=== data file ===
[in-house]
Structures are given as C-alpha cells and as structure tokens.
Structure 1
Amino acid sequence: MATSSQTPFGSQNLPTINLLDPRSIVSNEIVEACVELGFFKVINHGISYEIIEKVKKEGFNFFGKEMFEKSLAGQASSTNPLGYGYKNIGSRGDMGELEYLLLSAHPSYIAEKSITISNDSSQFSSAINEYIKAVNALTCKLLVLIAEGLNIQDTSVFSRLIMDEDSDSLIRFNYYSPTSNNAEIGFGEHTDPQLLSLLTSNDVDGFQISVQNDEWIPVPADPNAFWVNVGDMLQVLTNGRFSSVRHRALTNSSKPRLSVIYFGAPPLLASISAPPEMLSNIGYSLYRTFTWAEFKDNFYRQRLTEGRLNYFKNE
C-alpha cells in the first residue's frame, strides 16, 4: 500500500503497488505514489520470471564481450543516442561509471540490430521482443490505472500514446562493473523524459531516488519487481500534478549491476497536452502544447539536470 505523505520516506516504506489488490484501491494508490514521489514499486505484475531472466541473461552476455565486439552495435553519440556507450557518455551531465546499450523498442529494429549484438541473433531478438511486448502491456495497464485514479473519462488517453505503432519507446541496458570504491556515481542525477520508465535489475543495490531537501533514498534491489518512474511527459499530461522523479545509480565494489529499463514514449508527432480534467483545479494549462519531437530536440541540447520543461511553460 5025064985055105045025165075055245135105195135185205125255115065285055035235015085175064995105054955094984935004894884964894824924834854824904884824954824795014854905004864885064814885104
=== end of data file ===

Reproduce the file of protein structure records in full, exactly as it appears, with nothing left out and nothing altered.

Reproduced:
[in-house]
Structures are given as C-alpha cells and as structure tokens.
Structure 1
Amino acid sequence: MATSSQTPFGSQNLPTINLLDPRSIVSNEIVEACVELGFFKVINHGISYEIIEKVKKEGFNFFGKEMFEKSLAGQASSTNPLGYGYKNIGSRGDMGELEYLLLSAHPSYIAEKSITISNDSSQFSSAINEYIKAVNALTCKLLVLIAEGLNIQDTSVFSRLIMDEDSDSLIRFNYYSPTSNNAEIGFGEHTDPQLLSLLTSNDVDGFQISVQNDEWIPVPADPNAFWVNVGDMLQVLTNGRFSSVRHRALTNSSKPRLSVIYFGAPPLLASISAPPEMLSNIGYSLYRTFTWAEFKDNFYRQRLTEGRLNYFKNE
C-alpha cells in the first residue's frame, strides 16, 4: 500500500503497488505514489520470471564481450543516442561509471540490430521482443490505472500514446562493473523524459531516488519487481500534478549491476497536452502544447539536470 505523505520516506516504506489488490484501491494508490514521489514499486505484475531472466541473461552476455565486439552495435553519440556507450557518455551531465546499450523498442529494429549484438541473433531478438511486448502491456495497464485514479473519462488517453505503432519507446541496458570504491556515481542525477520508465535489475543495490531537501533514498534491489518512474511527459499530461522523479545509480565494489529499463514514449508527432480534467483545479494549462519531437530536440541540447520543461511553460 5025064985055105045025165075055245135105195135185205125255115065285055035235015085175064995105054955094984935004894884964894824924834854824904884824954824795014854905004864885064814885104